Accused father ordered to have no contact with son

Saying he felt deceived, a frustrated Fulton County judge on Thursday banned a father accused of trying to smother his son from having any contact with the 3-year-old boy.

“I don’t want him around the child,” Superior Court Judge Craig Schwall told a lawyer for Michael Callaway. “I’m not going to sit here in limbo wondering what’s going on with this child.”

Callaway, 31, faces a first-degree child cruelty charge on allegations he tried to smother his then three-month-old son at Scottish Rite Children’s Hospital in March 2007. A security guard saw him enter the room and place his hands over the baby’s mouth and nose, causing the infant to flail his arms, cry and gasp for air. Callaway said the child was having a seizure, but police and the attending doctor did not believe him.

After being indicted, Callaway was found mentally incompetent to stand trial. Schwall allowed him to remain free on bond to receive outpatient psychiatric treatment at a clinic in Blue Ridge, provided he have no contact with his son.

But in July, in a divorce case filed by the child’s mother, a judge in Union County in far north Georgia allowed Callaway visitation rights with his son for two hours a week. Visits must be supervised by Callaway’s parents, Mike and Peggy Callaway of Blairsville, who gained custody of the child during the divorce.

Schwall said that arrangement was unacceptable, and he noted that Callaway now lives with a relative down the street from his parents.

Schwall banned Callaway from Union County and from seeing his son. He scheduled another hearing Monday to reconsider the conditions of Callaway’s $25,000 bond.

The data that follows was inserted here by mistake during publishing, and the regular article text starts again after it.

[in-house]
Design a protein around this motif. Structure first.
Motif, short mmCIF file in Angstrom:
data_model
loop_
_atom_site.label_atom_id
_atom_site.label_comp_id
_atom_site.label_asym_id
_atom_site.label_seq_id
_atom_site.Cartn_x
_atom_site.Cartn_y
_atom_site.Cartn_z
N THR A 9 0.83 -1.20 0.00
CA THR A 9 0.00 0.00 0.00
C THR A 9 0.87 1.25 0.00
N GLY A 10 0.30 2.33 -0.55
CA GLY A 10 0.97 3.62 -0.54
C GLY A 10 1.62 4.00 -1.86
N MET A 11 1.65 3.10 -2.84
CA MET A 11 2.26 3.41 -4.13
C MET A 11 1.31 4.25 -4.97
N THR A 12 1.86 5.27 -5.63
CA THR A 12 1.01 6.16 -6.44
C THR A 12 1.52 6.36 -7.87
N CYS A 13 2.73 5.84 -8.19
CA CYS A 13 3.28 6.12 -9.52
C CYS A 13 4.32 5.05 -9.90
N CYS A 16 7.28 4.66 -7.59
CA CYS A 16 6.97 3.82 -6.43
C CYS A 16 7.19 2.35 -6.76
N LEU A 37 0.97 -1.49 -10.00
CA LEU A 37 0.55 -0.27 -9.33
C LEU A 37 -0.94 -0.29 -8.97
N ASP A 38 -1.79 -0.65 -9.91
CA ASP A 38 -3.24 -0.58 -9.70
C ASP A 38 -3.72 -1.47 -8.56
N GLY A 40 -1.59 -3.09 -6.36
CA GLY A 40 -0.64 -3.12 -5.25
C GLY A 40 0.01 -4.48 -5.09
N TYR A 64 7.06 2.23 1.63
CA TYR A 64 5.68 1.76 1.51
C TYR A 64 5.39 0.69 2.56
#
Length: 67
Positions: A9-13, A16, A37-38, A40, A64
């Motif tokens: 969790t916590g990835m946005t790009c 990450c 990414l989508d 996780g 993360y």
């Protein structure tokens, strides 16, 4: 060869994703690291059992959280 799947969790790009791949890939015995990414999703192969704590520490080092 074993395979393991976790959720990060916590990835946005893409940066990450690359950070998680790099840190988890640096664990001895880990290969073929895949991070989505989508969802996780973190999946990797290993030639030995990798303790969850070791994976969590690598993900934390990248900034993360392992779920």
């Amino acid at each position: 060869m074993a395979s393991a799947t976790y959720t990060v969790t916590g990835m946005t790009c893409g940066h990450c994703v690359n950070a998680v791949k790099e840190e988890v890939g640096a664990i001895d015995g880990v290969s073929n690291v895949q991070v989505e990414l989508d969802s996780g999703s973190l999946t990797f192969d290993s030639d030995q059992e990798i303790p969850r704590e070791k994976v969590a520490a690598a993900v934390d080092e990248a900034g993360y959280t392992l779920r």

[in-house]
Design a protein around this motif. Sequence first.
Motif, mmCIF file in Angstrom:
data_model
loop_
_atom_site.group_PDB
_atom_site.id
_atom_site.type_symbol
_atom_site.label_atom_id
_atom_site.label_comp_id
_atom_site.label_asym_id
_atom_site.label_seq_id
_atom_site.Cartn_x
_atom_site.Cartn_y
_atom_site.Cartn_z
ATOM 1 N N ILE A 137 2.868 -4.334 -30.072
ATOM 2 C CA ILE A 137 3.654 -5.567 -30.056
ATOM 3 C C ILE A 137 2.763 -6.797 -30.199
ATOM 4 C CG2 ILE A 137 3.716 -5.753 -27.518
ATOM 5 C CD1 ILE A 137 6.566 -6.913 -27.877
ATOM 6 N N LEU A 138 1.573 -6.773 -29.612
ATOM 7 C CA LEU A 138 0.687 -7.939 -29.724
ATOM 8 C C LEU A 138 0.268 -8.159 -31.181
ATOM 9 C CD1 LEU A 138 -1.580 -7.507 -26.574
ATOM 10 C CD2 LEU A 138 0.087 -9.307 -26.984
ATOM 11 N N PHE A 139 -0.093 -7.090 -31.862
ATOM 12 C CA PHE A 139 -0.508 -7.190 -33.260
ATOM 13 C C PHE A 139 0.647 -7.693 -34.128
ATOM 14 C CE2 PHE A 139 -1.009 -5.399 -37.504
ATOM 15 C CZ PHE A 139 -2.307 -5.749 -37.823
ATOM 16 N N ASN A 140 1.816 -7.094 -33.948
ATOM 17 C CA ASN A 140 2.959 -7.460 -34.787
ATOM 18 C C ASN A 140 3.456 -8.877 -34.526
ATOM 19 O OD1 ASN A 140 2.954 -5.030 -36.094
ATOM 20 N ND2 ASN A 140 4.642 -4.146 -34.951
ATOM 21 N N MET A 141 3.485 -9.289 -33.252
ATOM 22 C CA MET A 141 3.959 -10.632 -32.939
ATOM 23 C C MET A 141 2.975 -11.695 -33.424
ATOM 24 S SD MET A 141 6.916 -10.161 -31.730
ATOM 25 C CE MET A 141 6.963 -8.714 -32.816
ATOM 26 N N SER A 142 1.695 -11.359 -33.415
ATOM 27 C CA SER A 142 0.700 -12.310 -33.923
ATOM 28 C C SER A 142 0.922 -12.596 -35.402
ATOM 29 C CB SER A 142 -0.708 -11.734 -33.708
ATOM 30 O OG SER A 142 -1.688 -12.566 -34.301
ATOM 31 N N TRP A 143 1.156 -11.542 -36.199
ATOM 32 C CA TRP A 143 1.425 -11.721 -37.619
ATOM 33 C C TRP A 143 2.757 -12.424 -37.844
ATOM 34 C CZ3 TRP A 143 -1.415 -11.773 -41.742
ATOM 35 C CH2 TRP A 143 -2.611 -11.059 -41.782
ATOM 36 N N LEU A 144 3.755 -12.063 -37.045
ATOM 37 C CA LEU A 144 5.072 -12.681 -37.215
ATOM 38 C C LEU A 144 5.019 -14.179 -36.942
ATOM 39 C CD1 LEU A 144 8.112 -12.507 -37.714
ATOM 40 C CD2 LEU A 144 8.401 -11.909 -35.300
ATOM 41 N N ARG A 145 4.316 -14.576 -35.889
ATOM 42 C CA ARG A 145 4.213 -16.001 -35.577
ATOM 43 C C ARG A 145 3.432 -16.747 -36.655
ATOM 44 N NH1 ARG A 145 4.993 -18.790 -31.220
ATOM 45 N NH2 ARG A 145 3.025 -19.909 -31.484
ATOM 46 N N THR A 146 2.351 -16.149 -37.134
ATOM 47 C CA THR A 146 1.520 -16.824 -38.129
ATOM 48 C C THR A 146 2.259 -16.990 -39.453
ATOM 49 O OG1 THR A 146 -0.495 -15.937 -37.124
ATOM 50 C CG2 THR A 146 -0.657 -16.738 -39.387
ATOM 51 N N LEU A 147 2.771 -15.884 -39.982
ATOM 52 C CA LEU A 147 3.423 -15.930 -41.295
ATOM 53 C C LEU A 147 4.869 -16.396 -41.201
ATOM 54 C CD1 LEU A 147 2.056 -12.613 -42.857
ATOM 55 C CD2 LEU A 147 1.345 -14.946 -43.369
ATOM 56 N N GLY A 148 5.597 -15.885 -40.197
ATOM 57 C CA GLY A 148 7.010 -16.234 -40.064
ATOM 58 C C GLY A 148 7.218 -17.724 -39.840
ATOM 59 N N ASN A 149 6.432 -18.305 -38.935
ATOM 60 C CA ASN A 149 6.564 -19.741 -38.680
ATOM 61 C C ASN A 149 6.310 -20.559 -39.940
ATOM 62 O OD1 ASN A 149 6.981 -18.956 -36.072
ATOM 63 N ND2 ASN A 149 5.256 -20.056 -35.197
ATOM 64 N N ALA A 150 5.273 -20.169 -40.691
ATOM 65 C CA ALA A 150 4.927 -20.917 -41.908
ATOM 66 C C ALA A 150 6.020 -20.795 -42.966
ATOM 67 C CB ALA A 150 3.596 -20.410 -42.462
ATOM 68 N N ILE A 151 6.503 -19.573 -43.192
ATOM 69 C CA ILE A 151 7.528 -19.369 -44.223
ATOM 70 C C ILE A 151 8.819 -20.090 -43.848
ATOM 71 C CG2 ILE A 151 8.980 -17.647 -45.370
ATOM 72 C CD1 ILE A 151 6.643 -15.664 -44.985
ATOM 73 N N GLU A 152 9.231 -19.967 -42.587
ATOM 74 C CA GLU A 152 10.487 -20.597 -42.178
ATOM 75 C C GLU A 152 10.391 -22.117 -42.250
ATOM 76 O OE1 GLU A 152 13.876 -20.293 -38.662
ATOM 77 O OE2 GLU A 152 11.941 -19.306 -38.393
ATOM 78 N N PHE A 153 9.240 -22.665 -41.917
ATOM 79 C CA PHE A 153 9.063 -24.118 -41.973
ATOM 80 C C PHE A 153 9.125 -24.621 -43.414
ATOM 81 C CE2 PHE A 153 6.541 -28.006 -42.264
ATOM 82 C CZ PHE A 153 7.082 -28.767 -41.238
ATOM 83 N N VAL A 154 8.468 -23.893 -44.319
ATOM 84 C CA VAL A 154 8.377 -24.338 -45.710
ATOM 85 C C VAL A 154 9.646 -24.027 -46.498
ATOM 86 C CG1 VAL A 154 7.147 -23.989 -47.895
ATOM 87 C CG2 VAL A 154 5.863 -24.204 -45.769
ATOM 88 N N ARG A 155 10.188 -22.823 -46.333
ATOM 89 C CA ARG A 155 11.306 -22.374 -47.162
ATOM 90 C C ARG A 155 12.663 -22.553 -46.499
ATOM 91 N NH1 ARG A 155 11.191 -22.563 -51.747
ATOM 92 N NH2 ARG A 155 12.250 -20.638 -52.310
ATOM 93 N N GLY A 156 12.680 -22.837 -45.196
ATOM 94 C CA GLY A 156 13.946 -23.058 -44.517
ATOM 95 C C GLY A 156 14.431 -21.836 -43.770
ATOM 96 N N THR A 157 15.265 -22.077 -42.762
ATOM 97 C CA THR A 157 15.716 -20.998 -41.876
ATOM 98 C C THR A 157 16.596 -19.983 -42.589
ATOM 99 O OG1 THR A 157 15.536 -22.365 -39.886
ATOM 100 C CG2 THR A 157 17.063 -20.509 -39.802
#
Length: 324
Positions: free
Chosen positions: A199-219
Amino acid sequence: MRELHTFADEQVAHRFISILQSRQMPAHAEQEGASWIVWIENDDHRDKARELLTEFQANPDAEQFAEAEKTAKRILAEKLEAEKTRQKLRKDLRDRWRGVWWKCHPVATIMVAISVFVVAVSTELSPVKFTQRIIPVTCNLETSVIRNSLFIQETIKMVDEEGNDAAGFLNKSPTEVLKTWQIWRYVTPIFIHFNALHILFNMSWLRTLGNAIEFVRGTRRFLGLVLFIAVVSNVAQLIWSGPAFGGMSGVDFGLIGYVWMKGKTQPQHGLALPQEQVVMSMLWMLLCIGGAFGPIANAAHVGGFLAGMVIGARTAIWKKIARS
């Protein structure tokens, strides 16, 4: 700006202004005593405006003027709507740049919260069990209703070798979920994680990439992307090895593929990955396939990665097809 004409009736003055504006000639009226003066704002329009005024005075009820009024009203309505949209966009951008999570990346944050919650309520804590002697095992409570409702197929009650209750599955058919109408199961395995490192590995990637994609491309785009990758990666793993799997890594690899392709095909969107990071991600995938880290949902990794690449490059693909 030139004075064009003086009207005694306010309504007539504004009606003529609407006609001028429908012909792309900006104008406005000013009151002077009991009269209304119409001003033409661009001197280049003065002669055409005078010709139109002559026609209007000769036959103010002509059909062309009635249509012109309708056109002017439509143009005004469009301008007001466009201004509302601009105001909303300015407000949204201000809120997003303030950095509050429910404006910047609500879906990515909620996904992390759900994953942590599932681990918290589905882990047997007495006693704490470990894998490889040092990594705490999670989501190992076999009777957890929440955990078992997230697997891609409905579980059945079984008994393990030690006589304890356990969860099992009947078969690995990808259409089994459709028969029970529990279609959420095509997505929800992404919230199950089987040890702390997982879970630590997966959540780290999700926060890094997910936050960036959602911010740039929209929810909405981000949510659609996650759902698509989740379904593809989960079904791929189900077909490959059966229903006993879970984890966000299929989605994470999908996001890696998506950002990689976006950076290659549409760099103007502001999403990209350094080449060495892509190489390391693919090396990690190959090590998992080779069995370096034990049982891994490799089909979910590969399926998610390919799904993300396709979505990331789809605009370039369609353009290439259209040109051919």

Schwall convened Thursday’s emergency hearing at the request of Fulton prosecutors who want Callaway reevaluated and his bond revoked. They disclosed that Callaway had pleaded guilty in February 2008 to 10 counts of theft by receiving in Gilmer County, also in north Georgia. In that case, Callaway and seven other men were charged in a racketeering scheme in which they stole construction vehicles, such as bulldozers and tractors, and then altered their identification numbers.

Callaway did not claim to be incompetent for trial before pleading guilty to those charges. He was sentenced to 10 years on probation. He also was charged with DUI in April 2008 in Union County, Assistant District Attorney Shireen Hormozdi told Schwall.

Schwall said he “would never, ever have allowed him to be free” had he been notified of those cases. “I think I’ve been deceived.”

Hormozdi also said she and an investigator recently visited the clinic in Blue Ridge and found Callaway hadn’t made regular visits for treatment.

Cornelia attorney Douglas McDonald Sr., Callaway’s lawyer, arrived in court with his shoulder in a sling because of recent surgery. He asked Schwall to postpone the hearing until he was off medication and could effectively represent his client, but Schwall declined.

“I’ve been thrust into a situation where I’m concerned about the safety of the child,” Schwall said.

If McDonald could not represent Callaway, who attended the hearing, he should find someone else to do so, the judge said.

McDonald opposed Schwall’s ruling.

“Michael is stable,” he said. “He ought to see his son.”

In her July ruling in the divorce-custody case, Union County Judge Lynn Alderman found the child’s mother to be an unfit parent. She cited a number of parenting problems and awarded custody to Callaway’s parents, allowing the mother to see the child every other weekend and on holidays.

The child’s mother, Wendy Garland, attended Thursday’s hearing and praised Schwall’s ruling.

“He doesn’t deserve the right to see my son,” Garland, 29, said of Callaway. “He needs to pay for what he’s done.”